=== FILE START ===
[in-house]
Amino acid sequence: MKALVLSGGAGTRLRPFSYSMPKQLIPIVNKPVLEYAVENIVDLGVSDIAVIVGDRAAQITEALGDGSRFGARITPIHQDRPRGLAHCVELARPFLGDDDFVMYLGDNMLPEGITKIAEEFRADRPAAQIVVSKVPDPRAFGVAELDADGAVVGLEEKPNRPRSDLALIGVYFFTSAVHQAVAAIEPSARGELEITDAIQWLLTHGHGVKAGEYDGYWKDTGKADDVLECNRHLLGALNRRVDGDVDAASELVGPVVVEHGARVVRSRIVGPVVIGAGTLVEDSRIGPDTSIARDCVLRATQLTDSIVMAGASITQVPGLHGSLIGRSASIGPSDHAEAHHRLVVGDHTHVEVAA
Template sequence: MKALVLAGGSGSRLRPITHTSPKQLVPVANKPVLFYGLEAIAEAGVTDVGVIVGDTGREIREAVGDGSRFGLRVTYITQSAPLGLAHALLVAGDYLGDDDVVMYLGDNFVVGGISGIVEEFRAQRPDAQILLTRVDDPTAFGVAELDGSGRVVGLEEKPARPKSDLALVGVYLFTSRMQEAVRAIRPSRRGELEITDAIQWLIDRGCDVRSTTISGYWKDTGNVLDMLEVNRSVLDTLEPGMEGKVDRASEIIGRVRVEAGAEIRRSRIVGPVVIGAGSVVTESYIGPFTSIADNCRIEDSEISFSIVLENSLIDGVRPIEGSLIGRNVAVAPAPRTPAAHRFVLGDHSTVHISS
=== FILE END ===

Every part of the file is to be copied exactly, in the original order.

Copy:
[in-house]
Amino acid sequence: MKALVLSGGAGTRLRPFSYSMPKQLIPIVNKPVLEYAVENIVDLGVSDIAVIVGDRAAQITEALGDGSRFGARITPIHQDRPRGLAHCVELARPFLGDDDFVMYLGDNMLPEGITKIAEEFRADRPAAQIVVSKVPDPRAFGVAELDADGAVVGLEEKPNRPRSDLALIGVYFFTSAVHQAVAAIEPSARGELEITDAIQWLLTHGHGVKAGEYDGYWKDTGKADDVLECNRHLLGALNRRVDGDVDAASELVGPVVVEHGARVVRSRIVGPVVIGAGTLVEDSRIGPDTSIARDCVLRATQLTDSIVMAGASITQVPGLHGSLIGRSASIGPSDHAEAHHRLVVGDHTHVEVAA
Template sequence: MKALVLAGGSGSRLRPITHTSPKQLVPVANKPVLFYGLEAIAEAGVTDVGVIVGDTGREIREAVGDGSRFGLRVTYITQSAPLGLAHALLVAGDYLGDDDVVMYLGDNFVVGGISGIVEEFRAQRPDAQILLTRVDDPTAFGVAELDGSGRVVGLEEKPARPKSDLALVGVYLFTSRMQEAVRAIRPSRRGELEITDAIQWLIDRGCDVRSTTISGYWKDTGNVLDMLEVNRSVLDTLEPGMEGKVDRASEIIGRVRVEAGAEIRRSRIVGPVVIGAGSVVTESYIGPFTSIADNCRIEDSEISFSIVLENSLIDGVRPIEGSLIGRNVAVAPAPRTPAAHRFVLGDHSTVHISS